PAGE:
Point Reyes National Seashore

By David Gjestson

Point Reyes National Seashore is comprised of 71,028 acres of chaparral and 300-year old Douglas fir on rolling uplands adjoining 30 miles of beach fronting on Sir Francis Drake Bay. Camping here in 1579, Sir Drake was most impressed with the more than 1,500 plant and animal species found here in such a beautiful, pristine environment. Its 405 bird species is the most found on any in the national park system!!

Four hundred and thirty eight years later, despite winds gusting to 30 miles per hour, Laura and I struck out across the sandy beach for a three-mile trek to Coast Camp lying on the very shore that dashing Englishman discovered. (Later, Laura decided motels were better lodging options for any future trips.)

Dave and Laura

Laura trekking on the beach

The wind did not abate when we arrived at the small campground even though a large bluff screened us from the ocean just a few hundred yards west. We quickly set up our tents (singles because pack weight, not marital problems!), and struck out to explore the beach, passing few other campers on the way.

Our camp was just a picnic table in a meadow with the ocean over that hill to the left. Toilet close by! Hows that for a primitive site? The mountains are part of the coastal range extending down Californias coast.

Our solo tents werent because we didnt want to sleep together (after 50 years!).
It was because our big tent weighed too much (15 pounds!).

No crowds here! Just the soothing sound of crashing surf and seabirds passing by!

The beach was splendid and deserted as far as the eye could see. It didnt take us long to get settled and enjoy the crashing surf and a solitude broken only by the occasional Cree! Cree of passing seabirds.

Ah yes! Isnt this scene in most of our dreams?

Beach getting kind of crowded after all!

Heading back from the beach, we sat on a large log for a while to soak up more of the Point Reyes ambiance. Within a few minutes, a large covey of mountain quail fed their way to within 20 feet of where we sat.

Lauras hood is still up because the wind remain gusty, but sitting in the sun was very pleasant.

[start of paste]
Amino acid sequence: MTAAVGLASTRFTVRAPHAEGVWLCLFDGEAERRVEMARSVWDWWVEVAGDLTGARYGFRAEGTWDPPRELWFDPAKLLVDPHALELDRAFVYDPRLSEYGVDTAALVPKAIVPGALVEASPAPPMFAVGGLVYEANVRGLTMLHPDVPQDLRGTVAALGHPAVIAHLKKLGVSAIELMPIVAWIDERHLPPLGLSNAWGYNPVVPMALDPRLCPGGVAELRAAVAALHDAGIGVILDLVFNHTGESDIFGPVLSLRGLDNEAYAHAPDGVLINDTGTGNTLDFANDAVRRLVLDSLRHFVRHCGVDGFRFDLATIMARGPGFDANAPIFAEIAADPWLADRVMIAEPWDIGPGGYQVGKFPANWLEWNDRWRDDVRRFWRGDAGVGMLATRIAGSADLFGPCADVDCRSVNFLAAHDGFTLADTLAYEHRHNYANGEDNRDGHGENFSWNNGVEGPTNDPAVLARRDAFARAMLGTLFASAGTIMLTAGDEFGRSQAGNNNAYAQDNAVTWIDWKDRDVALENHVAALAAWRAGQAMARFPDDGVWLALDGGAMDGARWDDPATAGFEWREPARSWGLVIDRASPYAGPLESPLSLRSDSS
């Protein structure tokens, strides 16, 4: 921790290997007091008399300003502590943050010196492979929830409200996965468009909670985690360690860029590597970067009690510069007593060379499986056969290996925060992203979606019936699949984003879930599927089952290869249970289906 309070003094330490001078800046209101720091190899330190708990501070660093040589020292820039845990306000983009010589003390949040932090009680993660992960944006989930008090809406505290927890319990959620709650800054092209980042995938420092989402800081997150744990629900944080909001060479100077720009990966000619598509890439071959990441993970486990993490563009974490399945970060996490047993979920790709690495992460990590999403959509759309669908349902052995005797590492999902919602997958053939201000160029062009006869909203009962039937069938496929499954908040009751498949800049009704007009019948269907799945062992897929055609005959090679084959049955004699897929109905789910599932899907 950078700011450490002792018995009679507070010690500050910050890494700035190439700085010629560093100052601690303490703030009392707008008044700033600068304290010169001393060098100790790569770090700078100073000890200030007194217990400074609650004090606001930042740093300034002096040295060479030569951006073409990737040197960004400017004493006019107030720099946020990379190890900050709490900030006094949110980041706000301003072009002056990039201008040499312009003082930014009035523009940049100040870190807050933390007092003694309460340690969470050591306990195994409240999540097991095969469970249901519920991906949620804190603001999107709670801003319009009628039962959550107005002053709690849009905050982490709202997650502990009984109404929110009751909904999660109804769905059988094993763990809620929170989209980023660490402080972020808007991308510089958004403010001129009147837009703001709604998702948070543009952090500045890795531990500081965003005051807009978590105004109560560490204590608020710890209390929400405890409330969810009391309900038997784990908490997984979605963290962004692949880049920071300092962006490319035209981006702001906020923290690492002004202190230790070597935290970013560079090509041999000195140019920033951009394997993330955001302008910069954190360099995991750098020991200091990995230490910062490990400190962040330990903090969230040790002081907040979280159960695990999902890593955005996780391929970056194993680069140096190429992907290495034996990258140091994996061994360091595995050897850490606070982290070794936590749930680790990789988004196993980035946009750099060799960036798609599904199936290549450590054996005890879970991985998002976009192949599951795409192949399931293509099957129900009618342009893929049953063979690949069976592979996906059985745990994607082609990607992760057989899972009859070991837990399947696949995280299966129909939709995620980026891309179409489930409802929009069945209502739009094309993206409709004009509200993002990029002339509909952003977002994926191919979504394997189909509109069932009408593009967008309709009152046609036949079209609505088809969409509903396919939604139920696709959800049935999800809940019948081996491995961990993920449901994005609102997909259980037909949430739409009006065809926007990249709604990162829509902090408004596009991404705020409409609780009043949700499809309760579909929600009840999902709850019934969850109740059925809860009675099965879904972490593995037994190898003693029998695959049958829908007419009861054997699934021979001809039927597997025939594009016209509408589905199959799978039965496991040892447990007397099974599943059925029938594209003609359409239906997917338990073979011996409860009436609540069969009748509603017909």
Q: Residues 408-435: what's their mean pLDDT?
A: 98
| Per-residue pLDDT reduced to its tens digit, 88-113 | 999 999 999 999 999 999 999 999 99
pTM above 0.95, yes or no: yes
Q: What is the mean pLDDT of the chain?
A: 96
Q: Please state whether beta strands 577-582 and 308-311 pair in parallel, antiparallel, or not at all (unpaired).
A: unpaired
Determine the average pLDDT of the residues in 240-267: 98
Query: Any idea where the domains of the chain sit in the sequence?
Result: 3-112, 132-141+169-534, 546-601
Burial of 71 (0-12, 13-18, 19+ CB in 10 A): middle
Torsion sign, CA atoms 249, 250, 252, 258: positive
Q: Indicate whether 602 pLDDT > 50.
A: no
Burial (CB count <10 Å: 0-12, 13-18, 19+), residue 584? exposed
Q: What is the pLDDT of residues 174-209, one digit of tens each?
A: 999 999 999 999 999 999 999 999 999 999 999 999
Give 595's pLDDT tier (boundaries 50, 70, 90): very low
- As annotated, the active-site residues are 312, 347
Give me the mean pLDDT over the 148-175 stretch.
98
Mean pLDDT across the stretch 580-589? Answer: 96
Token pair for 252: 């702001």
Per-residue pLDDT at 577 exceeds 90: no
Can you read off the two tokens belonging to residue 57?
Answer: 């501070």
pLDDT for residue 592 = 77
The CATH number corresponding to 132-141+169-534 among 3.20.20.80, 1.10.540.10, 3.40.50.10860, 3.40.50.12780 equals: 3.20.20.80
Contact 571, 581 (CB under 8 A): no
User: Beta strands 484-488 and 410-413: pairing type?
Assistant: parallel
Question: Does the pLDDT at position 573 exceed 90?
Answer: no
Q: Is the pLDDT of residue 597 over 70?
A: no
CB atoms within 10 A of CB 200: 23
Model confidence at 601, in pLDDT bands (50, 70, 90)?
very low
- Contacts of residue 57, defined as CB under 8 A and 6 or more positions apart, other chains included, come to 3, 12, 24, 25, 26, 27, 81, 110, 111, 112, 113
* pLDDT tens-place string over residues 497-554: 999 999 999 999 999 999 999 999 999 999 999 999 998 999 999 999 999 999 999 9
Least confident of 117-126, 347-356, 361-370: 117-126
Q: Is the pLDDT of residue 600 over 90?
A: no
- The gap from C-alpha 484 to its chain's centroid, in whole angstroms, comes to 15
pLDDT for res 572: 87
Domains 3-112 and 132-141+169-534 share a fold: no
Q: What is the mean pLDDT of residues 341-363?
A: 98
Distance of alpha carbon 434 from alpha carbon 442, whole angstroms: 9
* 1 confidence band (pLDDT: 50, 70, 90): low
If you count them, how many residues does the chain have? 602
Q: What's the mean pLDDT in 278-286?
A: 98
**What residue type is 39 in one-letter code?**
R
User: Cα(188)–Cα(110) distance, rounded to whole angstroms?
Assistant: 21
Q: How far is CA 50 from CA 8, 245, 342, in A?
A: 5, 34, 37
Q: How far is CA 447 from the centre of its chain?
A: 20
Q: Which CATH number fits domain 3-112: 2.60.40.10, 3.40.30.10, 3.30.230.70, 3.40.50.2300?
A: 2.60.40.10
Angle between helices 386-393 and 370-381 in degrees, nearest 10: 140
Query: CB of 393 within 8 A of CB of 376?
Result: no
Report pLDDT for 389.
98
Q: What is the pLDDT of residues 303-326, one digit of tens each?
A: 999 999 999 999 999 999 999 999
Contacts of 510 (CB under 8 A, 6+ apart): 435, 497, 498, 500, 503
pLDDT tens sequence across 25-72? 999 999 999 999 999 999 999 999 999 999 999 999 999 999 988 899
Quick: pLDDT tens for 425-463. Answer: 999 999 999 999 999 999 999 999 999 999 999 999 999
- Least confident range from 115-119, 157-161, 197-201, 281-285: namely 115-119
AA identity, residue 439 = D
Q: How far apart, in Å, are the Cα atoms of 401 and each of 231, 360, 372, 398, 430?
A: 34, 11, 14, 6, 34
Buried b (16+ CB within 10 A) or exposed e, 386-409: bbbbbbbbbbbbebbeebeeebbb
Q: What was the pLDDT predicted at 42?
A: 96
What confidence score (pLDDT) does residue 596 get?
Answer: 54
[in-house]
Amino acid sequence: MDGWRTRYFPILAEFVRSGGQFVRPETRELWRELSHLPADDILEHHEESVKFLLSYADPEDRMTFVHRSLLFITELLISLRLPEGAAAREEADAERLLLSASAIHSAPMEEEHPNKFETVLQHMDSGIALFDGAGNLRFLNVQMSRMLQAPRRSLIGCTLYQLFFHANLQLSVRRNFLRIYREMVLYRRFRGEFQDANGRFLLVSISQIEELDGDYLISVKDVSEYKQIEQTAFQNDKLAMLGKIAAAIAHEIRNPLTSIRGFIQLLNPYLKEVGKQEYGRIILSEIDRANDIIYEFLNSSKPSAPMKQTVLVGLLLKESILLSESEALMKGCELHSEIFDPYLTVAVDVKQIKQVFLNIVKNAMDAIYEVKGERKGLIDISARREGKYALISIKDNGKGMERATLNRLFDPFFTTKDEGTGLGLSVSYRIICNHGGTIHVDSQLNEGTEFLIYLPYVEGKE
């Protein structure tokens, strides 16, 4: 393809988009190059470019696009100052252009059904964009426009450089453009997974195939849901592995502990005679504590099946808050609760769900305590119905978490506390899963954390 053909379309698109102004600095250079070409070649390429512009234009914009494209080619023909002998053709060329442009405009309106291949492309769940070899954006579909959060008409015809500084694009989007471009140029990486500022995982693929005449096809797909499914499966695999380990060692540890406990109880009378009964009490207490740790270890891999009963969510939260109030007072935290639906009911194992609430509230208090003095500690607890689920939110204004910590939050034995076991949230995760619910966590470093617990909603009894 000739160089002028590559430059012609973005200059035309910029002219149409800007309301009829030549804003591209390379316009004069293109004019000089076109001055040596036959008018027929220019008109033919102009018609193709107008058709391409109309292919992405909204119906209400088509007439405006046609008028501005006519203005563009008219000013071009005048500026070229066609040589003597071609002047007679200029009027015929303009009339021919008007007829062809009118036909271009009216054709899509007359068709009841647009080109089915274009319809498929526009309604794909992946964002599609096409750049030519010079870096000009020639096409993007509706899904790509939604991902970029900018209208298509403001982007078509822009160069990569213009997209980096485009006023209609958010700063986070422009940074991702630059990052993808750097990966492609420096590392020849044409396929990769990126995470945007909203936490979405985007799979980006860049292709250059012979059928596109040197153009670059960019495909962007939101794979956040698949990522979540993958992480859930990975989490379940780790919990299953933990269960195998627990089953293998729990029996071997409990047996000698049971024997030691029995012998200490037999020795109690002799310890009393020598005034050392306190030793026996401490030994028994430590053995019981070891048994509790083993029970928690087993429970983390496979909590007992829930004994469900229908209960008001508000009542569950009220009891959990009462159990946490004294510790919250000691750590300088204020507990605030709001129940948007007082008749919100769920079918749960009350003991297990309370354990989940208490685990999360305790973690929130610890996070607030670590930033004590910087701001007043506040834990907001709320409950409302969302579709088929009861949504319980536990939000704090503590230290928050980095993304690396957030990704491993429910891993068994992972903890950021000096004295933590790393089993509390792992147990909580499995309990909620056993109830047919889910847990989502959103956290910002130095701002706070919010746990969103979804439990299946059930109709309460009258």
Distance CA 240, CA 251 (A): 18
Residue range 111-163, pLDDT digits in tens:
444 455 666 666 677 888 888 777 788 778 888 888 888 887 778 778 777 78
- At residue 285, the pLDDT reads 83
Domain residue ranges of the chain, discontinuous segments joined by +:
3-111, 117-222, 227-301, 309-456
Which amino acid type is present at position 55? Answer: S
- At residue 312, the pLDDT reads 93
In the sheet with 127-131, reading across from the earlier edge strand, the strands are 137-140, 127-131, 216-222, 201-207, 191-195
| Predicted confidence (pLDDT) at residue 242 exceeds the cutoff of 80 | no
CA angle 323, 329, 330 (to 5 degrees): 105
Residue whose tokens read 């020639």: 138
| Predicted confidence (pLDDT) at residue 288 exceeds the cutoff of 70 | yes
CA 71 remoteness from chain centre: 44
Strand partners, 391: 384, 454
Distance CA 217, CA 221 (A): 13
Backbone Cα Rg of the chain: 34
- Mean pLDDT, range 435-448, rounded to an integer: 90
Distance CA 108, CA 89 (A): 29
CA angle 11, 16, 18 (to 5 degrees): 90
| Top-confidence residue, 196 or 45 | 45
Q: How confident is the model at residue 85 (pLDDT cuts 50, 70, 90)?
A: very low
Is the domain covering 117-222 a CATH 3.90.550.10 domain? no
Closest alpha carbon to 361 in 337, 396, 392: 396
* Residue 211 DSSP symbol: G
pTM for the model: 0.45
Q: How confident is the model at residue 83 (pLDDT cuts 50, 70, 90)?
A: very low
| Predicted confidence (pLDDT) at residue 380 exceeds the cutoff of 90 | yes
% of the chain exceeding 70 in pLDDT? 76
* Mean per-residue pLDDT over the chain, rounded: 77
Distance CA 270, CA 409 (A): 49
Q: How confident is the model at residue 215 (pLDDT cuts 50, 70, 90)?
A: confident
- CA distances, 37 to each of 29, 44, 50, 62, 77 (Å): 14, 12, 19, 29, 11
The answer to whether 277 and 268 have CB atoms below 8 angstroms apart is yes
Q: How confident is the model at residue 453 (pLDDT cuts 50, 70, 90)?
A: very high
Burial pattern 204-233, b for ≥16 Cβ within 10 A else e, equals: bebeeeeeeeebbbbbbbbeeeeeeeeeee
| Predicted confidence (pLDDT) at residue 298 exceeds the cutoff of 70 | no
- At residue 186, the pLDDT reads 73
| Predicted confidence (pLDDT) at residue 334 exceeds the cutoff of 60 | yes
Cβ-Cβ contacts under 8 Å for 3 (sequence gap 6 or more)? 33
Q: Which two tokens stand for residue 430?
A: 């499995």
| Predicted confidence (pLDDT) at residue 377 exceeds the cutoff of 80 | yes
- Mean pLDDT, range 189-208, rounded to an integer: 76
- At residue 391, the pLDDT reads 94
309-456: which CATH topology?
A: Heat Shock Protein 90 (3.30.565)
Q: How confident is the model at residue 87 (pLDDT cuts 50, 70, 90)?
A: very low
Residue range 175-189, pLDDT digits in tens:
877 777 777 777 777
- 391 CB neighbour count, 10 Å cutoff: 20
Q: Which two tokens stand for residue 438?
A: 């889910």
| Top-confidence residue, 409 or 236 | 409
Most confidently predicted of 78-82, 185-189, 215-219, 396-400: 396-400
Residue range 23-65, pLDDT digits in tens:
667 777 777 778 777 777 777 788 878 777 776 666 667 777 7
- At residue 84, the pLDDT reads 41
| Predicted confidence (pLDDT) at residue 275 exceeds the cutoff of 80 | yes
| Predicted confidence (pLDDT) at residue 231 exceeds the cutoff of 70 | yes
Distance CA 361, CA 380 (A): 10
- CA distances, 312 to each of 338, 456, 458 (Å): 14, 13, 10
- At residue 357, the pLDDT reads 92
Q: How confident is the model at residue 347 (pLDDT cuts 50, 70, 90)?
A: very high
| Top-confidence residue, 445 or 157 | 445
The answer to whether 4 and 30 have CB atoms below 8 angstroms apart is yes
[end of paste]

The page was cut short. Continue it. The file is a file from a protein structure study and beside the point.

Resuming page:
Wildlife was very abundant with black-tailed deer and raccoon very common, and an occasional
Tule elk trumpeting in the hills. This covey of mountain quail walked right up to us!

Isnt this guy a beauty? Mountain quail are quite abundant in California and rarely hunted.

By suppertime, the wind had not let up so we had to use the bear-proof container to cook because the stove flame kept going out! Actually, keeping food inside the container was mandatory primarily because of a high raccoon population. The little beggars were all over the place (except when I brought out my camera!). Deer often wandered though camp during crepuscular times.

The wind forced us to use our stove in the bear container. Black bears are in the area
but raccoons are more apt to show up at anytime!

Black-tailed deer wandered through camp at all hours but at crepuscular times,
we often had six or eight within 30 yards of our tent.

m-m-m-m-m-m. Doesnt get much better than this! (And, the wind died down!)

The next morning, the wind had finally died down so a nice hike was in order. Flowers were in full bloom, wildlife abundant, and the always-soothing surf filled our trek with pure pleasure. Our route took us two miles south on the uplands, a jog west to the beach, and then two miles north along Drakes Bay back to camp.

On the trail

Laura heads down to beach

Returning to camp by way of the beach was an added bonus to the morning. The aesthetics were outstanding enough to take our mind off the difficulties of walking in loose sand for about two miles! If you can hear the crashing waves and add that lonely Cree! Cree! of passing sea gulls, your vicarious trip with us will be more enjoyable.

These sandstone bluffs have been eroding for a while!

Sea anemones among the barnacles and clams.

Just the sea and thee . . .

We packed up late morning and headed out on the trail with thoughts of a hamburger and a cold beer waiting for us at lunchtime! Theres no question in either of our minds that we will return to this pleasant place again and again. Now, if I can only find a motel near here!

Packed up and heading back at noon. The deer crossed over into cover when we were within 15 yards.

One last glance over our shoulders before heading to the car.
m-m-m-m-m . . . I can taste that cold beer already!